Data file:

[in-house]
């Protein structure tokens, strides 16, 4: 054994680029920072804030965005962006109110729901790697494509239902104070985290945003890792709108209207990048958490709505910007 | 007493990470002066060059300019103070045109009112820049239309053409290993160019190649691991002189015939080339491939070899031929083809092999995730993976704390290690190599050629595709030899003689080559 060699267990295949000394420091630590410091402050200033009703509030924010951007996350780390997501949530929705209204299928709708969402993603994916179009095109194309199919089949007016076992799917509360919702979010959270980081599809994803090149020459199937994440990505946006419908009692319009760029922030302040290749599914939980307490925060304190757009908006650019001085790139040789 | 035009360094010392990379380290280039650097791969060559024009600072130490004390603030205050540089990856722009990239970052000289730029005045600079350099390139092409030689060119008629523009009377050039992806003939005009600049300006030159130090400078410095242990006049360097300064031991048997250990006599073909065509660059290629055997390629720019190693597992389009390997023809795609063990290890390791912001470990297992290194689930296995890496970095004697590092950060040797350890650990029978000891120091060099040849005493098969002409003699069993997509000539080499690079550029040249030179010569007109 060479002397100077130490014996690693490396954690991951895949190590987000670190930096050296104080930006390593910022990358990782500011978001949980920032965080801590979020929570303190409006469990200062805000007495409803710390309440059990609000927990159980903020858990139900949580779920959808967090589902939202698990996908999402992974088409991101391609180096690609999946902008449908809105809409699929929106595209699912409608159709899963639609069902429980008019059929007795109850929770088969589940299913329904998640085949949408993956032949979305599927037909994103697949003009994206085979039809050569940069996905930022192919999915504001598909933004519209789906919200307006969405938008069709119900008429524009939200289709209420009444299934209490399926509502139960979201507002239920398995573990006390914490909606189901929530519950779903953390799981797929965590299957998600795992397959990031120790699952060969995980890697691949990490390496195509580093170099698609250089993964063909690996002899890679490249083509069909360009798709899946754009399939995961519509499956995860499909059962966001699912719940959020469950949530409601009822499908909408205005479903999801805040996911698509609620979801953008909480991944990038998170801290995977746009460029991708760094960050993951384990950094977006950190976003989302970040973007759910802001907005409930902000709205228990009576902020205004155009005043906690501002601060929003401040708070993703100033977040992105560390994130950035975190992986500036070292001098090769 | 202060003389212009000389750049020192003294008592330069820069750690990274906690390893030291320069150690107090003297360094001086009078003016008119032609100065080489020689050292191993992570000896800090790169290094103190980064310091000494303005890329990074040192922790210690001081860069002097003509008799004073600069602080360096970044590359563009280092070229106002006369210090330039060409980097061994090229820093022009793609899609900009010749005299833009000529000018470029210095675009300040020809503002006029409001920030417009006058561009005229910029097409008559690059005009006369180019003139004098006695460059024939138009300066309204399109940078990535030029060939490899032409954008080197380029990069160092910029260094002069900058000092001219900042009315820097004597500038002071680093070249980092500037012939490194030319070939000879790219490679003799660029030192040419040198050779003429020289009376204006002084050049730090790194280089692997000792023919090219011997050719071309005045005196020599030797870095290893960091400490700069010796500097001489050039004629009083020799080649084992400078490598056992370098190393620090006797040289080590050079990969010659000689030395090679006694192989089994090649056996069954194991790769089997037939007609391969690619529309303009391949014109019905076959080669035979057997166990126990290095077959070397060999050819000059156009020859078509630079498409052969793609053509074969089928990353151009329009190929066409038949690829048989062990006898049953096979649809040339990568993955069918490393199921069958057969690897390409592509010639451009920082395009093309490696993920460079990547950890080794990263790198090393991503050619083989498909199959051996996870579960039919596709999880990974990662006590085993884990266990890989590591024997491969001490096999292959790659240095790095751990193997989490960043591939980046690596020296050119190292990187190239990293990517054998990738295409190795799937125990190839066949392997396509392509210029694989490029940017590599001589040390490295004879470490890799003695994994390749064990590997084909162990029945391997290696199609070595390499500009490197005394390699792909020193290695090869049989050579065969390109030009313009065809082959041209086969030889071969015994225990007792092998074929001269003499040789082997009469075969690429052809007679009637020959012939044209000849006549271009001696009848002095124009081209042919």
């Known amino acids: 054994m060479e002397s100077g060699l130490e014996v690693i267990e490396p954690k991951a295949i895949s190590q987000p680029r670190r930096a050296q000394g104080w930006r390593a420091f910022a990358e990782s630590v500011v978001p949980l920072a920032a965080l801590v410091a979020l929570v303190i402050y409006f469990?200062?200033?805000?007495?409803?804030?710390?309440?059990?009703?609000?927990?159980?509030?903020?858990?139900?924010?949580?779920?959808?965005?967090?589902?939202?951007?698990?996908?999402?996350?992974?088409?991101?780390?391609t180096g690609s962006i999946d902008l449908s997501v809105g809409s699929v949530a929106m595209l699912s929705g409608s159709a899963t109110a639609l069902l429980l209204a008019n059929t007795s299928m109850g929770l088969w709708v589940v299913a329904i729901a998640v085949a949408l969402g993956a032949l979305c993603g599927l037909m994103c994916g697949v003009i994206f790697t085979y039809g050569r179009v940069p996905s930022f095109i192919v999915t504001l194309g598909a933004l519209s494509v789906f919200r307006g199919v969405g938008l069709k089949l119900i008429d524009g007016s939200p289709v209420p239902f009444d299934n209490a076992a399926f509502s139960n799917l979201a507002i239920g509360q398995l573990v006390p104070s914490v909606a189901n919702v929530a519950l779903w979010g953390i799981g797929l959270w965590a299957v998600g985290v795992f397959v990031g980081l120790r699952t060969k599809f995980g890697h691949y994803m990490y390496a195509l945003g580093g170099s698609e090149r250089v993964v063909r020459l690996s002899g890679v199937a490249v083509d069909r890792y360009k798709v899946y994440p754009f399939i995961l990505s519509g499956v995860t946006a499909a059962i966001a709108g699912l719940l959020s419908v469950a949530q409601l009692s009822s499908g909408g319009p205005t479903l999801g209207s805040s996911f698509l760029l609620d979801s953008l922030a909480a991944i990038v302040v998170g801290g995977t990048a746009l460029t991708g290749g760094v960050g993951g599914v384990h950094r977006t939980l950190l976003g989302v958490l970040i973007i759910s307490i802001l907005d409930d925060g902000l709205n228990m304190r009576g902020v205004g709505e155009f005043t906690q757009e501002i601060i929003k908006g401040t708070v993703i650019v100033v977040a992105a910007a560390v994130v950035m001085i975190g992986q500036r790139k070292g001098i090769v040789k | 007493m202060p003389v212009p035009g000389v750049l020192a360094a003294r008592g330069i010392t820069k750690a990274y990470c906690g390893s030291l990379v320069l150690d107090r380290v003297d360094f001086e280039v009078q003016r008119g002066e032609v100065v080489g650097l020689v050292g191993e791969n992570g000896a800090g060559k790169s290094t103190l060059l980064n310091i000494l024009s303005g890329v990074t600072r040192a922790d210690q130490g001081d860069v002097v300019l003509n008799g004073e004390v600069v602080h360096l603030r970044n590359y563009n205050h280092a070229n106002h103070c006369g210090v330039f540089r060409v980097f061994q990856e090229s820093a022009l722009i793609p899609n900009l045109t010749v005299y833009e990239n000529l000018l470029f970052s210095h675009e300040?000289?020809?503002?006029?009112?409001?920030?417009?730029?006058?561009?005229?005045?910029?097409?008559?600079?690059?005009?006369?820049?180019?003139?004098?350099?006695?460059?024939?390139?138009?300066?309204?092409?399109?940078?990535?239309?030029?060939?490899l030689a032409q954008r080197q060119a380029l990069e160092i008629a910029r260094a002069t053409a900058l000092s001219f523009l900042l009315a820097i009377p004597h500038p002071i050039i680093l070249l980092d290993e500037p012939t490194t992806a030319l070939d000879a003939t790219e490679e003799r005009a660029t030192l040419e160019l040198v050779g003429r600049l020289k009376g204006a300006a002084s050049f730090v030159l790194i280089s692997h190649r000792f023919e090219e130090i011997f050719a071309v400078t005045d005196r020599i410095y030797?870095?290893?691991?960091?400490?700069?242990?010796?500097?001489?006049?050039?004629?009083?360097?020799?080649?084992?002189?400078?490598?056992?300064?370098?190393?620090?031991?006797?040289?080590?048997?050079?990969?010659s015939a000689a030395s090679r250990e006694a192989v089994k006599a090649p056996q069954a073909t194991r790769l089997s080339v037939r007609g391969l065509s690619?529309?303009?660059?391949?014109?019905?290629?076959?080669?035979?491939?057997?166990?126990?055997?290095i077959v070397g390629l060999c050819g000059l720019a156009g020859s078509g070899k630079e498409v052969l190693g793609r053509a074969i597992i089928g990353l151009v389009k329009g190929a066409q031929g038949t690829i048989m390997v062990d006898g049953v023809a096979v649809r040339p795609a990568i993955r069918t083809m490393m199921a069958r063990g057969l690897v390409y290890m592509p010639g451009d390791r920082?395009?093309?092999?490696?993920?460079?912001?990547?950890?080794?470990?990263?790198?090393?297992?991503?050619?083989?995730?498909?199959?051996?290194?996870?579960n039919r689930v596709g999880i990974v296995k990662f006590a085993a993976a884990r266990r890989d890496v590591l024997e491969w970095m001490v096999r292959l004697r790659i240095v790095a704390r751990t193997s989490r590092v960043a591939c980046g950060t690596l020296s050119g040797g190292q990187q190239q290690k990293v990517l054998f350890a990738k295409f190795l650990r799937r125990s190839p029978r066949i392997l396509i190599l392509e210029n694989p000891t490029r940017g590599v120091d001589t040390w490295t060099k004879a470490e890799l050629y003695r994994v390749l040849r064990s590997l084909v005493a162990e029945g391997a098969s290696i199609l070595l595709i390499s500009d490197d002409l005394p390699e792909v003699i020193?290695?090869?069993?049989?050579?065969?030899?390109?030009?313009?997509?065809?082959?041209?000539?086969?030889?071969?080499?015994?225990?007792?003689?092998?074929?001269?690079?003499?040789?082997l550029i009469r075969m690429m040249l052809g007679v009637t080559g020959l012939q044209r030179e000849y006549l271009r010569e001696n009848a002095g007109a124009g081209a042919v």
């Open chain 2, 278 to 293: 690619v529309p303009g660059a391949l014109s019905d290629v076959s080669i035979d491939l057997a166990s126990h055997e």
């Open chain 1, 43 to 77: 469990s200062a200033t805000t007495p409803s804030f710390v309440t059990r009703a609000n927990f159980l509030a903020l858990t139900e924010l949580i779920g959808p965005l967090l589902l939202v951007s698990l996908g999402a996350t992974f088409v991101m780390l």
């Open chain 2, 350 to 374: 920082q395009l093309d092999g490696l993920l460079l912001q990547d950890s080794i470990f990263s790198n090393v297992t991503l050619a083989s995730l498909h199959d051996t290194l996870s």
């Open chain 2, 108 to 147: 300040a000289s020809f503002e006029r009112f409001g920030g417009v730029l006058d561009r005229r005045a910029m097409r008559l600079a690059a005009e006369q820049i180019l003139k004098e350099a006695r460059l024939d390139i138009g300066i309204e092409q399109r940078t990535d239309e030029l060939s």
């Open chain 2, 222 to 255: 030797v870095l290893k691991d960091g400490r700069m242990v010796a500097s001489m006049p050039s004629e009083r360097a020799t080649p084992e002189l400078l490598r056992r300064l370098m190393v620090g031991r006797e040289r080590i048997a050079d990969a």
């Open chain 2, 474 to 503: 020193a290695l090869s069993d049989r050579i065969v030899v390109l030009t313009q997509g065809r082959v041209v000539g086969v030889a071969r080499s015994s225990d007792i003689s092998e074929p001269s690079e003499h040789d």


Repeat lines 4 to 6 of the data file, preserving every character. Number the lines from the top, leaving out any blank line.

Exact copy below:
């Open chain 2, 278 to 293: 690619v529309p303009g660059a391949l014109s019905d290629v076959s080669i035979d491939l057997a166990s126990h055997e």
């Open chain 1, 43 to 77: 469990s200062a200033t805000t007495p409803s804030f710390v309440t059990r009703a609000n927990f159980l509030a903020l858990t139900e924010l949580i779920g959808p965005l967090l589902l939202v951007s698990l996908g999402a996350t992974f088409v991101m780390l």
């Open chain 2, 350 to 374: 920082q395009l093309d092999g490696l993920l460079l912001q990547d950890s080794i470990f990263s790198n090393v297992t991503l050619a083989s995730l498909h199959d051996t290194l996870s």